I once thought I wanted to be a nun, but that was not my path. In a Milwaukee Journal Sentinel article last spring Nicholas Kristof, a New York Times columnist said, “You are crazy to mess with nuns.” Brave, tough, admirable, saintly and crafty were adjectives Kristof used in praise of the women he call “the first female feminists earning doctorates or working as surgeons long before it was fashionable for women to hold jobs.” Instead, my path led me to leave the church of my birth at age 60 with no desire to formally join another religion. For me it has been a good choice, broadening my spirituality, infusing me with a blessed freedom, and leading me to explore a variety of spiritual practices that speak to me. Does that make me a none?
What if there was an Ecumenical box to check when asked to state a religious affiliation? How many millions of people, who currently know they are none of the commonly listed faiths, would check that box when asked to state a religious preference? There are pages and pages of beautiful related words in my thesaurus for ecumenical such as universal, heaven-wide, galactic, all-inclusive, cooperating. When Kristof titled his article, “We Are All Nuns,” I suspect he understood their ecumenical nature and that we are all one family.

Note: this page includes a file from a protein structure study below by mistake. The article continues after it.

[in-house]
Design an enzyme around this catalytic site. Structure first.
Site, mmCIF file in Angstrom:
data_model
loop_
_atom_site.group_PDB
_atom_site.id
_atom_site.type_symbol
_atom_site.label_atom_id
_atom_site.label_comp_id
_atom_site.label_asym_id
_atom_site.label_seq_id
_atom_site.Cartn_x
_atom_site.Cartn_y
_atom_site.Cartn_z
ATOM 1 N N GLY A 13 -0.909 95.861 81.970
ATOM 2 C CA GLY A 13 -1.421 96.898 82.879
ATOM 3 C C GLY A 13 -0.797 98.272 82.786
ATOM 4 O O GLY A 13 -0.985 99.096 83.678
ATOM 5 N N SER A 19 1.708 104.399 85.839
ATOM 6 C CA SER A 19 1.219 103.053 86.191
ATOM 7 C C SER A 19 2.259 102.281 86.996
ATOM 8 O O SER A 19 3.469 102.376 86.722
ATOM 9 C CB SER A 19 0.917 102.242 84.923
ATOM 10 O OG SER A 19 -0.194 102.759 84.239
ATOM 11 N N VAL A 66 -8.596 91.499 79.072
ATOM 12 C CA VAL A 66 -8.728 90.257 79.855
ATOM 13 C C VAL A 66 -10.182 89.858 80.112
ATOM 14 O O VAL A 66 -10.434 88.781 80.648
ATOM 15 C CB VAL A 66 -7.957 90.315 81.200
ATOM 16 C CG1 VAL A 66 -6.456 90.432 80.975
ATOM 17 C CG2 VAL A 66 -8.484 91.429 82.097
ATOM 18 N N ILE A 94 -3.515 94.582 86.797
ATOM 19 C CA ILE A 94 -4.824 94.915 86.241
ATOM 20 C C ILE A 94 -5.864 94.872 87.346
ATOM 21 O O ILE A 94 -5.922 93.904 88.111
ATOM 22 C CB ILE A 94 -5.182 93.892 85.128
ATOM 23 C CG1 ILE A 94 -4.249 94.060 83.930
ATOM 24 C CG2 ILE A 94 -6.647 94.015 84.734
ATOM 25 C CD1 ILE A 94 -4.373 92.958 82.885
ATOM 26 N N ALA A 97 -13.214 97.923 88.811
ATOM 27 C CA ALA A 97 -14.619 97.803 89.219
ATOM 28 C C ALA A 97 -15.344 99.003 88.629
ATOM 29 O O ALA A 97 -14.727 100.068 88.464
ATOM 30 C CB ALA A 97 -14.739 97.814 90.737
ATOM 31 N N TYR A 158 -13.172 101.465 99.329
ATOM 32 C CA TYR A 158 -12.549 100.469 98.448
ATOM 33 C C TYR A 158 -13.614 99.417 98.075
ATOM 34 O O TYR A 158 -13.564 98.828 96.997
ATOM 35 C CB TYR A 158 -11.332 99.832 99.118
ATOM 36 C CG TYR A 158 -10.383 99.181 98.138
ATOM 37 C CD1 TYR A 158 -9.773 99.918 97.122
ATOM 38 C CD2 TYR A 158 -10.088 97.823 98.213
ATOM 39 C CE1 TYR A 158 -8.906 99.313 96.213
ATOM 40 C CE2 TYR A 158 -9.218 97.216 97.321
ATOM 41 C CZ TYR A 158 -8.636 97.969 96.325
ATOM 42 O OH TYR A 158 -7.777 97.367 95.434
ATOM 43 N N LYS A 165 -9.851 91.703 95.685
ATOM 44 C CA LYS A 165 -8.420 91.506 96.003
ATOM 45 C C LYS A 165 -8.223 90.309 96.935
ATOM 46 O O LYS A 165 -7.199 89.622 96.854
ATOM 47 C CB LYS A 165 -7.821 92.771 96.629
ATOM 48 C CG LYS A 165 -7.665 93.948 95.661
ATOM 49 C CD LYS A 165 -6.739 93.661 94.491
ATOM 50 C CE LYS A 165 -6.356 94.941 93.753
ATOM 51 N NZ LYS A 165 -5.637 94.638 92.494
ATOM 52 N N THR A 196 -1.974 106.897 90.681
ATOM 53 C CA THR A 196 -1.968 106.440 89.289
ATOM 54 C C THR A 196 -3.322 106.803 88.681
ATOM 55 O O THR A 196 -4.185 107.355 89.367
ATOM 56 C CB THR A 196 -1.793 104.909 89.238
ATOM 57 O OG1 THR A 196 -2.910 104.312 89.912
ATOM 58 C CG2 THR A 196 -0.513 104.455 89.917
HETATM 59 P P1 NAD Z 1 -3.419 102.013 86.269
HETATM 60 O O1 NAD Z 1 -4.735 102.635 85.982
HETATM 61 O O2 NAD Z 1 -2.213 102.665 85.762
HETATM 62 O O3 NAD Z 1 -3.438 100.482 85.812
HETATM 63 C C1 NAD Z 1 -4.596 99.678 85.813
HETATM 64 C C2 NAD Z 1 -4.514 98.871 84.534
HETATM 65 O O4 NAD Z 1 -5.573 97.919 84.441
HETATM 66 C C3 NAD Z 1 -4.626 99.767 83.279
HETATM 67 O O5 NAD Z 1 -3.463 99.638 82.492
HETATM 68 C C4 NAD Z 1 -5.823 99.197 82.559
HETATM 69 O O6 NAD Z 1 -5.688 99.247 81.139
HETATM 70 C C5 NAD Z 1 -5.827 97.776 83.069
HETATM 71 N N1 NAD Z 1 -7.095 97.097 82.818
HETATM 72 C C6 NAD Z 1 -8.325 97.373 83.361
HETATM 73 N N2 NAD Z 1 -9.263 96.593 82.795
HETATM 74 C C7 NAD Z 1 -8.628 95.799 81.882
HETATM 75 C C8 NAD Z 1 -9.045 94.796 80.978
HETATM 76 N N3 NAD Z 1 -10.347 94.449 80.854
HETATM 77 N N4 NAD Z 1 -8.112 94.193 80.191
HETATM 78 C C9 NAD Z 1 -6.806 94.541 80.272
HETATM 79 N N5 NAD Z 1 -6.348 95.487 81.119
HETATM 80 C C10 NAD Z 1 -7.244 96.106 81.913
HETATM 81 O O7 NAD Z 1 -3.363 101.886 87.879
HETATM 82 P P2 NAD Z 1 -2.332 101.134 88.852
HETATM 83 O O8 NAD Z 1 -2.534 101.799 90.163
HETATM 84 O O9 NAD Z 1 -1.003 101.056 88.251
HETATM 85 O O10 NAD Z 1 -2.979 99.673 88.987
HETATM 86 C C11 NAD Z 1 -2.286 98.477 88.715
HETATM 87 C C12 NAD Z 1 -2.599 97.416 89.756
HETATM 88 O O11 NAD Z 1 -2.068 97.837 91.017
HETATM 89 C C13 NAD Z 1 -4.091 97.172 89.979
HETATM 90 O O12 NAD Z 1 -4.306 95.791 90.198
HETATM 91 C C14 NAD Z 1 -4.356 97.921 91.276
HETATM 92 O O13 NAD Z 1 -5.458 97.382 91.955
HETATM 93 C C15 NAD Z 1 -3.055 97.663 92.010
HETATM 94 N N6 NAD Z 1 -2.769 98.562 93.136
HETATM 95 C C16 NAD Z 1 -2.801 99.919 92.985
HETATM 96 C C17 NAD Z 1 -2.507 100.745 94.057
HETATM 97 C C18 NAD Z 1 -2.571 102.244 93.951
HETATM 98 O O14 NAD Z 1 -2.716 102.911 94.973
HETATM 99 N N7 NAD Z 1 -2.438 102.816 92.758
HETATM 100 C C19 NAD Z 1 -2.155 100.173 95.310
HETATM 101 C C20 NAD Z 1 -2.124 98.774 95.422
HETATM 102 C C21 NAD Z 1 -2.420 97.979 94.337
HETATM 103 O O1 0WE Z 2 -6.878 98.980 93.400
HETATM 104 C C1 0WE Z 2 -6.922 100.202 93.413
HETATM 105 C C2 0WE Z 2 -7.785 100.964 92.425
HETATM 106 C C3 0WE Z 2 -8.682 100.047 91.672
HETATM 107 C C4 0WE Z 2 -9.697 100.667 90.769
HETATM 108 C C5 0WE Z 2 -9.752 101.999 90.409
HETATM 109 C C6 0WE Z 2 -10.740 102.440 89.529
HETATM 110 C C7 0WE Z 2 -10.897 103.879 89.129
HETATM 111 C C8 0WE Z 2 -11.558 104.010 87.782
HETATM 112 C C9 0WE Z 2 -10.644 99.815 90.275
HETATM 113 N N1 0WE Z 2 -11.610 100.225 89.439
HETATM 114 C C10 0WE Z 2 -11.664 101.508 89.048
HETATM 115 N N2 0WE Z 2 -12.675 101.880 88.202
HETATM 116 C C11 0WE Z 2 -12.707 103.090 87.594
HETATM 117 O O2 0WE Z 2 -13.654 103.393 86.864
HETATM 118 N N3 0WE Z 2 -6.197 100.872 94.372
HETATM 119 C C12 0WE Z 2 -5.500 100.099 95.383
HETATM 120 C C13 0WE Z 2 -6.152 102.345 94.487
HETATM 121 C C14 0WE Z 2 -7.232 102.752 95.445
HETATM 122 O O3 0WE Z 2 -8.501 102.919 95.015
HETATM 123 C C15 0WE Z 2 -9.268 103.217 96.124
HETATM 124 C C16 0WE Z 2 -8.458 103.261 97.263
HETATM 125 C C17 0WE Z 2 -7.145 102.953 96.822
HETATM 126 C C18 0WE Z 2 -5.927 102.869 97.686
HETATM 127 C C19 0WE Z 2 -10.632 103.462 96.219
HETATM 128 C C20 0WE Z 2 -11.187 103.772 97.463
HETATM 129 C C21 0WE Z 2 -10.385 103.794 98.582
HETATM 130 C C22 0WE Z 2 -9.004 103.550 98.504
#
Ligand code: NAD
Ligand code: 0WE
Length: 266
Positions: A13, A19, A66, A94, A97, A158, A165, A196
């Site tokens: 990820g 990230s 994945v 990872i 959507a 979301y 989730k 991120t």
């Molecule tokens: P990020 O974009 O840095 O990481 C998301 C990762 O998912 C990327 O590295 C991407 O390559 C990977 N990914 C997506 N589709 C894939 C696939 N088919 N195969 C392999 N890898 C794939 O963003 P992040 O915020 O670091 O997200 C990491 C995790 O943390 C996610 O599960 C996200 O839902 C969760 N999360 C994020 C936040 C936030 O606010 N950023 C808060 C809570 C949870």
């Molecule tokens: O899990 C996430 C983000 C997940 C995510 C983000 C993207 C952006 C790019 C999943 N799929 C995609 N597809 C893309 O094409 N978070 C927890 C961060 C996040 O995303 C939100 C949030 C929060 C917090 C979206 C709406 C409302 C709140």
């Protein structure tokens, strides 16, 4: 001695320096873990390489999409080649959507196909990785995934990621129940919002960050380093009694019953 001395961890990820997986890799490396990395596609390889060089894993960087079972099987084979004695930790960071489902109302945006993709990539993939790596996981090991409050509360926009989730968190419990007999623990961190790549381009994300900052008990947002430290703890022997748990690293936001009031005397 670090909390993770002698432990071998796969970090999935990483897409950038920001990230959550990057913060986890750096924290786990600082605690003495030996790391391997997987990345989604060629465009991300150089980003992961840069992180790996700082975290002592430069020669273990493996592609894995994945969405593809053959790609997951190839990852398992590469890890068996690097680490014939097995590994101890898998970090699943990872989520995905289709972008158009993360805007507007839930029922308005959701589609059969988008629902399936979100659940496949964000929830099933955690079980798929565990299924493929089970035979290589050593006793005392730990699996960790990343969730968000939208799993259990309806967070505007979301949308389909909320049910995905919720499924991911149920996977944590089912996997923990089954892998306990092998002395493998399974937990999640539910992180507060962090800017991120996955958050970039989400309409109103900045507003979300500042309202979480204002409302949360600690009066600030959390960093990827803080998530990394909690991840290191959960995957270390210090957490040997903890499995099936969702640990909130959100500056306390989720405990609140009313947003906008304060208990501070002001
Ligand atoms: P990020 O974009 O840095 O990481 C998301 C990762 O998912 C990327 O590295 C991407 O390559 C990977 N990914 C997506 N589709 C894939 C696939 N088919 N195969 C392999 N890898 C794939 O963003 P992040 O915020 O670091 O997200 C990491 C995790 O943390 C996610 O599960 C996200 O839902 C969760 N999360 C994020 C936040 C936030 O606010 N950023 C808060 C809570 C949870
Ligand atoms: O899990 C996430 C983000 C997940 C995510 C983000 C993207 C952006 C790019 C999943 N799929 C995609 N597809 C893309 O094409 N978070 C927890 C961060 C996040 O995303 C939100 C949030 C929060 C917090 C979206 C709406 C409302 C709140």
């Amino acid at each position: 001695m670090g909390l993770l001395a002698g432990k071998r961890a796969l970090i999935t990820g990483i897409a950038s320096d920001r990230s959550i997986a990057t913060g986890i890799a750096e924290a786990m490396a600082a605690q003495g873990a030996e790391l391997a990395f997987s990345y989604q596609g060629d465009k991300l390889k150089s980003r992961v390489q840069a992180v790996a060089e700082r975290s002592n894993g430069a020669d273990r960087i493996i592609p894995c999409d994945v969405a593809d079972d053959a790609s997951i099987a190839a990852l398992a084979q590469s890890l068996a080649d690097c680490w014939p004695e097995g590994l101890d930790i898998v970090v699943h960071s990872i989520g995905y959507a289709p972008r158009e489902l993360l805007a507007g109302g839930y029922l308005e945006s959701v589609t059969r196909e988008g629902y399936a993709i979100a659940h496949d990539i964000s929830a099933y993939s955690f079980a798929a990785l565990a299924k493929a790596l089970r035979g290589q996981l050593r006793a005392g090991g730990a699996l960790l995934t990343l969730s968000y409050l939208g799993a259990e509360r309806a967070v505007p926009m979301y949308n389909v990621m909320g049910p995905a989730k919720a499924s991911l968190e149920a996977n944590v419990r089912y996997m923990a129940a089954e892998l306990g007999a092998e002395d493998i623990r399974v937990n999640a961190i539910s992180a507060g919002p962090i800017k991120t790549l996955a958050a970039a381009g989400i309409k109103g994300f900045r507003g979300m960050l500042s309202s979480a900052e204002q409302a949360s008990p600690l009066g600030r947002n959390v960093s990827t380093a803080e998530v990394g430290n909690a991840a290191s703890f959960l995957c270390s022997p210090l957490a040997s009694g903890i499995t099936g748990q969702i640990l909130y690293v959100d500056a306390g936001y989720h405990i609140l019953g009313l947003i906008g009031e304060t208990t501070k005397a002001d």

Many years ago I had an aha moment when listening to the wise Sr. Joan Chittister talk about how the church might have done its job too well in taking over the care of the poor, sick and disenfranchised, thereby relieving the rest of us of the responsibility. I suspect Kristof knows we all are called to be nuns when he cited the “median age is well over 70 of the 57,000 dedicated women who work tirelessly for a more just world.” What would it take to walk in the sensible shoes of a nun? What if each and every one of us lived more simply and sustainably, and shared a fraction our time, talent and treasure when and where we could to relieve others’ suffering. Could all of us together do the job each in our own unique way? Are you a nun, none, or none of the above?